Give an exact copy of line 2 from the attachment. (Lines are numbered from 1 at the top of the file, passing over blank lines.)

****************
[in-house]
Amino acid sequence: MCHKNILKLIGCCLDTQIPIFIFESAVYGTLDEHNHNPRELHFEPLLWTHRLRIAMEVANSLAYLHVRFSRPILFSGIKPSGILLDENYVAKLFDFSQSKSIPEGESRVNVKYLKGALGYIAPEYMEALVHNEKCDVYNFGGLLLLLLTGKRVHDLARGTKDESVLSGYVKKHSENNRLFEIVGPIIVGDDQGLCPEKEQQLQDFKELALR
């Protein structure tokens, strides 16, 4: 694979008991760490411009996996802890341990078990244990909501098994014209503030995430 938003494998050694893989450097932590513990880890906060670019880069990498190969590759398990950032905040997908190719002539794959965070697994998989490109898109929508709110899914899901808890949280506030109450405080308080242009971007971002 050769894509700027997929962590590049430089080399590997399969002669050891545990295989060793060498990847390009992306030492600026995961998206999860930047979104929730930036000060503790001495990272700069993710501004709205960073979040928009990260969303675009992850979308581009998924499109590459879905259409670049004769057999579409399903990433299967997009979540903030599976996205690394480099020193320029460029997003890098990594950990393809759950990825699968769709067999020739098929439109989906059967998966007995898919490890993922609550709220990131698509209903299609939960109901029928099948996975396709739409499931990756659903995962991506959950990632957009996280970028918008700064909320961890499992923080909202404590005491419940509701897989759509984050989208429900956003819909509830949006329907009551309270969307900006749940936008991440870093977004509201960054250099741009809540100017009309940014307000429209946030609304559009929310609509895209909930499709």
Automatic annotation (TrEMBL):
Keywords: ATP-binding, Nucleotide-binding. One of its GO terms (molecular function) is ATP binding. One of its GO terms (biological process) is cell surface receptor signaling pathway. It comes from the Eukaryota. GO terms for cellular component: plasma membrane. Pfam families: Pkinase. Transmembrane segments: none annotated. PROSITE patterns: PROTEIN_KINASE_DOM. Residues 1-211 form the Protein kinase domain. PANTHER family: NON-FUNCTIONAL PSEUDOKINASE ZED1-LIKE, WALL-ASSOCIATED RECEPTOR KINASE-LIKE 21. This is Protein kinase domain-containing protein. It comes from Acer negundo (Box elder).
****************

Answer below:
Amino acid sequence: MCHKNILKLIGCCLDTQIPIFIFESAVYGTLDEHNHNPRELHFEPLLWTHRLRIAMEVANSLAYLHVRFSRPILFSGIKPSGILLDENYVAKLFDFSQSKSIPEGESRVNVKYLKGALGYIAPEYMEALVHNEKCDVYNFGGLLLLLLTGKRVHDLARGTKDESVLSGYVKKHSENNRLFEIVGPIIVGDDQGLCPEKEQQLQDFKELALR